Jordan Hirtle caught up with Andrew Frazer a few days after he was elected president of the Dalhousie MBA Society for the 2013-2014 term. The interview focuses on Andrew’s thoughts about the MBA program so far, his residency and his future role as president.
Andrew is originally from Mississauga, Ontario, and moved to Nova Scotia to do his BBA at Acadia University where he majored in marketing. He is a three-time recipient of the Academic All Canadian Award as well as many other awards. Apart from academics, Andrew played football for over four years at Acadia, was captain for two years and is now involved in all types of sports at Dal. He recently obtained a corporate residency position with Scotiabank Global Banking and Markets as a credit risk analyst.
First off, why did you choose Dalhousie to do your MBA?
I decided to apply to Dal’s Corporate Residency MBA (CRMBA) program to further my academic success and to get real work experience. This was essential. I also enjoy the east coast culture, and the faculty made me feel welcomed and wanted during the application process.
So you’re the new president, congratulations! Do you plan on implementing any changes?
When I become president in May 2013, I plan on giving the Society a very clear direction, making sure that all different aspects of the executive are working towards the same goal: to make the CRMBA program recognized nationally as one of the best MBA programs. There are a few ways I plan to achieve this, including developing strong case competition teams to compete nationally, and leveraging alumni relations to create excellent job opportunities for residencies as well as for graduates. These strategies are all about developing the CRMBA brand, which will in turn open doors for students starting their careers.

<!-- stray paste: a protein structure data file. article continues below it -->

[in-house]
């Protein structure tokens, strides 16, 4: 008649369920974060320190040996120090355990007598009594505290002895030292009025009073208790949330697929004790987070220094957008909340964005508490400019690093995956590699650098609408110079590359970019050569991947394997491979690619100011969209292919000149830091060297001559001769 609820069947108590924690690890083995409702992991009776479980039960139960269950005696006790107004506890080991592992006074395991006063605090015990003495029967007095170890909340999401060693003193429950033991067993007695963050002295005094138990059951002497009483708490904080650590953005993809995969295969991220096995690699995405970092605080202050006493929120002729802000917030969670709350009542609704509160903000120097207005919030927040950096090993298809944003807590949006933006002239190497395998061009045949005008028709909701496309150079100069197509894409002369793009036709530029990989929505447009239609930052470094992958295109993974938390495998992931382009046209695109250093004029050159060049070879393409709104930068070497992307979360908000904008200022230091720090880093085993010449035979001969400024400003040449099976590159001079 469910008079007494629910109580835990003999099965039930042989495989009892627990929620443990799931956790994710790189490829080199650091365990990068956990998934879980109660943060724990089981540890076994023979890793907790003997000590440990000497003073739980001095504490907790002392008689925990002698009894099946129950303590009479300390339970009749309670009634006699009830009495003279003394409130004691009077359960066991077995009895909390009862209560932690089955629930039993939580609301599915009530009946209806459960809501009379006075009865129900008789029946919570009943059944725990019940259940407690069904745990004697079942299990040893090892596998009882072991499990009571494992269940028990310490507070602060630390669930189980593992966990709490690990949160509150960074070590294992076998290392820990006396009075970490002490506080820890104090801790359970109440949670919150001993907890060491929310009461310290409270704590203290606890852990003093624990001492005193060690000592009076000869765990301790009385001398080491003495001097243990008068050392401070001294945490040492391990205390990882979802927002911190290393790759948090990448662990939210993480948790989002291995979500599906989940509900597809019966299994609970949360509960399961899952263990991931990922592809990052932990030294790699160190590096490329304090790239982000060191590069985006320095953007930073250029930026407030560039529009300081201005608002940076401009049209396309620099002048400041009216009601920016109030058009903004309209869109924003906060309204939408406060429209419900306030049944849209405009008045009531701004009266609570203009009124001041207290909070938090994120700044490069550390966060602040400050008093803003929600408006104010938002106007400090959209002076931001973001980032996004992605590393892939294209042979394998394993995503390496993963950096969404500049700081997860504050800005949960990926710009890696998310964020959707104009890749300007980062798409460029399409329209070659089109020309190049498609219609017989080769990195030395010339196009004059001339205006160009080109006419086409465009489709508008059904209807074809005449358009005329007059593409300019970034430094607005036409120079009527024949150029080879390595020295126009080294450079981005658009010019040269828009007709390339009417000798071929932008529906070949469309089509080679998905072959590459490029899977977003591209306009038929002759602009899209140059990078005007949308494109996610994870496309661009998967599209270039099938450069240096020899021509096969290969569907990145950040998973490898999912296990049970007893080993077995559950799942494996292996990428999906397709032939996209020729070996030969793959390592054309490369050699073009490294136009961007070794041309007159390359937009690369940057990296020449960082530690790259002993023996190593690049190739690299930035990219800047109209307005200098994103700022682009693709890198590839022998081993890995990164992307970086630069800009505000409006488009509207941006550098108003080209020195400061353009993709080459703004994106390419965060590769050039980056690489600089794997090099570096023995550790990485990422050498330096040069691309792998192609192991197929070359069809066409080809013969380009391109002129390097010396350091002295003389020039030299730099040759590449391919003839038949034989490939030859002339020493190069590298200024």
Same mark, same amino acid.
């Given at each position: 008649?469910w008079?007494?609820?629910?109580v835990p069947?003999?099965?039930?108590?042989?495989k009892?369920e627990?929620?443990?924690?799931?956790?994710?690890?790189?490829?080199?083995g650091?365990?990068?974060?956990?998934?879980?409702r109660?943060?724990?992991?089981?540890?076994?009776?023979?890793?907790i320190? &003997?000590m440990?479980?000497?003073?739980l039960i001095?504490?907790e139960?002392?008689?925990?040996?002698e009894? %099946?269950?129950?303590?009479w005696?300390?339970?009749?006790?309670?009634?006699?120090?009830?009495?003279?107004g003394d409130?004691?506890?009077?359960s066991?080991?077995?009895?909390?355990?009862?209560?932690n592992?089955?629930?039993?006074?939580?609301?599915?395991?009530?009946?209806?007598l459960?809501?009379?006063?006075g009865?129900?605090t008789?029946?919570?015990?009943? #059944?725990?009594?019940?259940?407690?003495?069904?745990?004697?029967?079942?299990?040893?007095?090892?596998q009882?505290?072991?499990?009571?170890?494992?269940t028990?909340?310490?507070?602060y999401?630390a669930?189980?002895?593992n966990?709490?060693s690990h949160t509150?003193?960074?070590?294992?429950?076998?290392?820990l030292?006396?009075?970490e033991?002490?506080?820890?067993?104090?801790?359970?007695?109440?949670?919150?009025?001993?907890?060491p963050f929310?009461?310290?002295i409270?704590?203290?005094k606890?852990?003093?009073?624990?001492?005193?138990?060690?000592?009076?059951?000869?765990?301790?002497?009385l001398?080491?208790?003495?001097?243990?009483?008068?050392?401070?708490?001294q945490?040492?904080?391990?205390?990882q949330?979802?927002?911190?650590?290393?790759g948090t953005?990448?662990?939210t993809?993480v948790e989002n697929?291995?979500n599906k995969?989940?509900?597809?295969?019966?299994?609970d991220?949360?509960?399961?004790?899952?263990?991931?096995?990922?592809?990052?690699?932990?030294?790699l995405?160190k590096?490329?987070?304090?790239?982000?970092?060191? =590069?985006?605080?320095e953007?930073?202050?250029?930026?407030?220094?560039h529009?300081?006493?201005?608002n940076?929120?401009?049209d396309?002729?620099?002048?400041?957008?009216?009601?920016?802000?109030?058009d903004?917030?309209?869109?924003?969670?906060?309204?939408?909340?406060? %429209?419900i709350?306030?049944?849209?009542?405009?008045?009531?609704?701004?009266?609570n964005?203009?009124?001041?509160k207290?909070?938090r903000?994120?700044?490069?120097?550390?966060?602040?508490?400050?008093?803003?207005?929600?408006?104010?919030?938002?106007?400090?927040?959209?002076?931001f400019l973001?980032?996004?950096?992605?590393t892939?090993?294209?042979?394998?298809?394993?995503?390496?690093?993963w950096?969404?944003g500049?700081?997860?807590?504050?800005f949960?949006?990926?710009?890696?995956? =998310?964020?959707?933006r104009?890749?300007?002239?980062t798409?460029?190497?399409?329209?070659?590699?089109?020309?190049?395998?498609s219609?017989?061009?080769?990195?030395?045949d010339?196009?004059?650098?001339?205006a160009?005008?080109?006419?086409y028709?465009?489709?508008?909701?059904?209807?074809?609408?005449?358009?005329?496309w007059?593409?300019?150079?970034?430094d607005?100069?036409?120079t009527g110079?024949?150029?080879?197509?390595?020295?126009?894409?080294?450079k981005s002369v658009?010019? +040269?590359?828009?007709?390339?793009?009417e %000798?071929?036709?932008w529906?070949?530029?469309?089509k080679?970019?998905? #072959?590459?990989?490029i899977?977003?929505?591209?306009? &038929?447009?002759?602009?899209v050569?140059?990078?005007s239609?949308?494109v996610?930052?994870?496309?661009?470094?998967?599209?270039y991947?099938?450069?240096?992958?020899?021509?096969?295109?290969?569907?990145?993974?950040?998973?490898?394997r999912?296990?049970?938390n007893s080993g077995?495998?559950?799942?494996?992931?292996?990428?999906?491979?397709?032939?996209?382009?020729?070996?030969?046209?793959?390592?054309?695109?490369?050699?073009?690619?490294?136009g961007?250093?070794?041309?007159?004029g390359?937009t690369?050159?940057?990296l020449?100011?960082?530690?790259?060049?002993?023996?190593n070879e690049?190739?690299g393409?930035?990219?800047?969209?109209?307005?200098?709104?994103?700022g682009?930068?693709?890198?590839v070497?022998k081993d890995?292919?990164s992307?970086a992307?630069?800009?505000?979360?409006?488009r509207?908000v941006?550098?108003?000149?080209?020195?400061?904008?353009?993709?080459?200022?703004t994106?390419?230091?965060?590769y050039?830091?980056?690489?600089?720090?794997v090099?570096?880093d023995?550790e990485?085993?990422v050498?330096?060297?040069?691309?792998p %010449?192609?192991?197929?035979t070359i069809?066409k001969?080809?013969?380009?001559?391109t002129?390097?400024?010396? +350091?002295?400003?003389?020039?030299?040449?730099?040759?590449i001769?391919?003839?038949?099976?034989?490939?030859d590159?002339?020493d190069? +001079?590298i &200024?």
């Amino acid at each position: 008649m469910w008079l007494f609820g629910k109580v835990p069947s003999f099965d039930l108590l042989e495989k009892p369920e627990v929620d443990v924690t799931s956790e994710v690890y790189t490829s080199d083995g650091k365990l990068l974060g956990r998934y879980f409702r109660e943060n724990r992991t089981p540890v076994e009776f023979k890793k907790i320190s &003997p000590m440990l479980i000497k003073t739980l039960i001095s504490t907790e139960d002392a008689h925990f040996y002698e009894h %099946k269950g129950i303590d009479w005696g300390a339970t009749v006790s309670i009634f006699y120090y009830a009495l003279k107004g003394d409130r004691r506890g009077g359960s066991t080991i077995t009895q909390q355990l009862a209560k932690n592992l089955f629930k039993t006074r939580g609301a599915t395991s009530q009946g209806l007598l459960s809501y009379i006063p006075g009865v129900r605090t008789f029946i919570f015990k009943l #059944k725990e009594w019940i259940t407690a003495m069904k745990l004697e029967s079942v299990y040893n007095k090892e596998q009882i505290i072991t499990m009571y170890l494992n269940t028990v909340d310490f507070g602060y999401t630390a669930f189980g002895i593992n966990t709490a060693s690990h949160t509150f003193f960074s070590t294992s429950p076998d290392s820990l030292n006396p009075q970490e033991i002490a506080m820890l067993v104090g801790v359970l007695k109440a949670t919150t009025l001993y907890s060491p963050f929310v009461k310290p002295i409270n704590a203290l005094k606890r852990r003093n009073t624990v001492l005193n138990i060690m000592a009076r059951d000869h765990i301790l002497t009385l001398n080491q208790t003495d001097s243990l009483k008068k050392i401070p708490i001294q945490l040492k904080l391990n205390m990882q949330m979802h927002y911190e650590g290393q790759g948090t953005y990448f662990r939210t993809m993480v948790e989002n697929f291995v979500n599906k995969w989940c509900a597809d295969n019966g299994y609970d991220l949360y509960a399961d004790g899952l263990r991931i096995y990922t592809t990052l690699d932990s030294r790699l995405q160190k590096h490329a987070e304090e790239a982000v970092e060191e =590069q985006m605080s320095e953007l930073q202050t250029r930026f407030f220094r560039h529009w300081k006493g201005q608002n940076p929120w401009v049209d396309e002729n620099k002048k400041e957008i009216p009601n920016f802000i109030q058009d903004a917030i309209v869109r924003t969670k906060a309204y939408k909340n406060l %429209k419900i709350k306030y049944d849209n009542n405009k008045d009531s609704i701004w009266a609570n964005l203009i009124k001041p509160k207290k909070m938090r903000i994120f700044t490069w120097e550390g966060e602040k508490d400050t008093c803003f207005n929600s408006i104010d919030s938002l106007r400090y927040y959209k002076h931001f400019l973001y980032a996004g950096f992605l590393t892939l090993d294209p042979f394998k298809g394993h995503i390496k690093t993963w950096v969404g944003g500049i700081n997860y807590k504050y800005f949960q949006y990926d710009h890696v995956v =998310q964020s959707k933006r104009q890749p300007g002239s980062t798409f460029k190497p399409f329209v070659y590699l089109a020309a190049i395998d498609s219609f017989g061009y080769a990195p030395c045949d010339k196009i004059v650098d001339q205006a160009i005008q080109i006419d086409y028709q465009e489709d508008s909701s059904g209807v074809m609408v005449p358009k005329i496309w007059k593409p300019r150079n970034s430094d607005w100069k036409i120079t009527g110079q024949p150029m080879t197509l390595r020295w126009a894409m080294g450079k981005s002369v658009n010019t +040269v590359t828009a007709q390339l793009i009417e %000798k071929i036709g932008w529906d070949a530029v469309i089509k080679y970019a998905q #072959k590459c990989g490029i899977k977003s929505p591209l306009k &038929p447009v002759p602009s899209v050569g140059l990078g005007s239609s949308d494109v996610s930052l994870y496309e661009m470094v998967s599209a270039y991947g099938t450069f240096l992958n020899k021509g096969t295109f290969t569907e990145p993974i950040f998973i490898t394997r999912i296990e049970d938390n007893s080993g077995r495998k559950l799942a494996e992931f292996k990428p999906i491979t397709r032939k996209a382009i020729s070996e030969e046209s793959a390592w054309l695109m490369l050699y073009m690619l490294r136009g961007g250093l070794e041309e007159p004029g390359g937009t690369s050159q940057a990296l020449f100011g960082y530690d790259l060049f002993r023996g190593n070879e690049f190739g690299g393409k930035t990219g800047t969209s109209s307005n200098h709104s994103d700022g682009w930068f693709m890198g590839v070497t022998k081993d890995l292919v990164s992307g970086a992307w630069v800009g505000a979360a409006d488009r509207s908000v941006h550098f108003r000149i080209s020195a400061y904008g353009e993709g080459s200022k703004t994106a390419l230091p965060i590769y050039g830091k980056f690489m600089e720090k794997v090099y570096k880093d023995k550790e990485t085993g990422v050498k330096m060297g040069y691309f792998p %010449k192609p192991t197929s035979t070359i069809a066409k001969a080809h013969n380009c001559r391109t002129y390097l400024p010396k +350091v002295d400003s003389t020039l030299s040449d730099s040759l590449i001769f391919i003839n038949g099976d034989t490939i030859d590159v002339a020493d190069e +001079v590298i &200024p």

Can you define leadership for me? What do you think the CRMBA has done to accelerate your leadership skills?
My definition of leadership is a delicate balance between personal humility and professional will. It is more than just always being a leader; you must also know how to be a good follower. I get the most gratification from allowing others to step into leadership roles and helping them to excel. I find this exciting, and really enjoy watching my colleagues and peers succeed.
CRMBA classes such as Personal and Professional Effectiveness (PPE) have made me more aware of why I lead the way I do, and why others lead the way they do. This has allowed me to see different leadership styles and perspectives, and what works for some people and what doesn’t. PPE has also enabled me to better understand where others are coming from, and the importance of emotional intelligence in the workplace. The program has many opportunities for everyone to be put in leadership positions and gain valuable experience, such as being a first-year rep in the MBA Society. I currently hold this position and it has given me valuable insight into the structure of the MBA Society and how it is operated. I really believe this will aid me when I take over as the new president.